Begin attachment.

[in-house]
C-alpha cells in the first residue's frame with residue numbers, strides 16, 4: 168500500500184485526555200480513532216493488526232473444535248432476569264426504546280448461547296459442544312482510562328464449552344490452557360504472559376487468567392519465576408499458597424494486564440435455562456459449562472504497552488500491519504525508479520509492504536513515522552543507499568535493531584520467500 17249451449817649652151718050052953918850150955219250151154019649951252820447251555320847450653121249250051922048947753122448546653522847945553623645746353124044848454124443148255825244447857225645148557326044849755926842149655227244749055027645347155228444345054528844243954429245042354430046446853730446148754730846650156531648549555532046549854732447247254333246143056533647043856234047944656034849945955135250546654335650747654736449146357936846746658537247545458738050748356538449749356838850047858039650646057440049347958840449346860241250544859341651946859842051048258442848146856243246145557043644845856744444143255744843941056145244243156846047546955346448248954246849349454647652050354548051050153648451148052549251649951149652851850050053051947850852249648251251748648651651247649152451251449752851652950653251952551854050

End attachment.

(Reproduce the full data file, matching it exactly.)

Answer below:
[in-house]
C-alpha cells in the first residue's frame with residue numbers, strides 16, 4: 168500500500184485526555200480513532216493488526232473444535248432476569264426504546280448461547296459442544312482510562328464449552344490452557360504472559376487468567392519465576408499458597424494486564440435455562456459449562472504497552488500491519504525508479520509492504536513515522552543507499568535493531584520467500 17249451449817649652151718050052953918850150955219250151154019649951252820447251555320847450653121249250051922048947753122448546653522847945553623645746353124044848454124443148255825244447857225645148557326044849755926842149655227244749055027645347155228444345054528844243954429245042354430046446853730446148754730846650156531648549555532046549854732447247254333246143056533647043856234047944656034849945955135250546654335650747654736449146357936846746658537247545458738050748356538449749356838850047858039650646057440049347958840449346860241250544859341651946859842051048258442848146856243246145557043644845856744444143255744843941056145244243156846047546955346448248954246849349454647652050354548051050153648451148052549251649951149652851850050053051947850852249648251251748648651651247649152451251449752851652950653251952551854050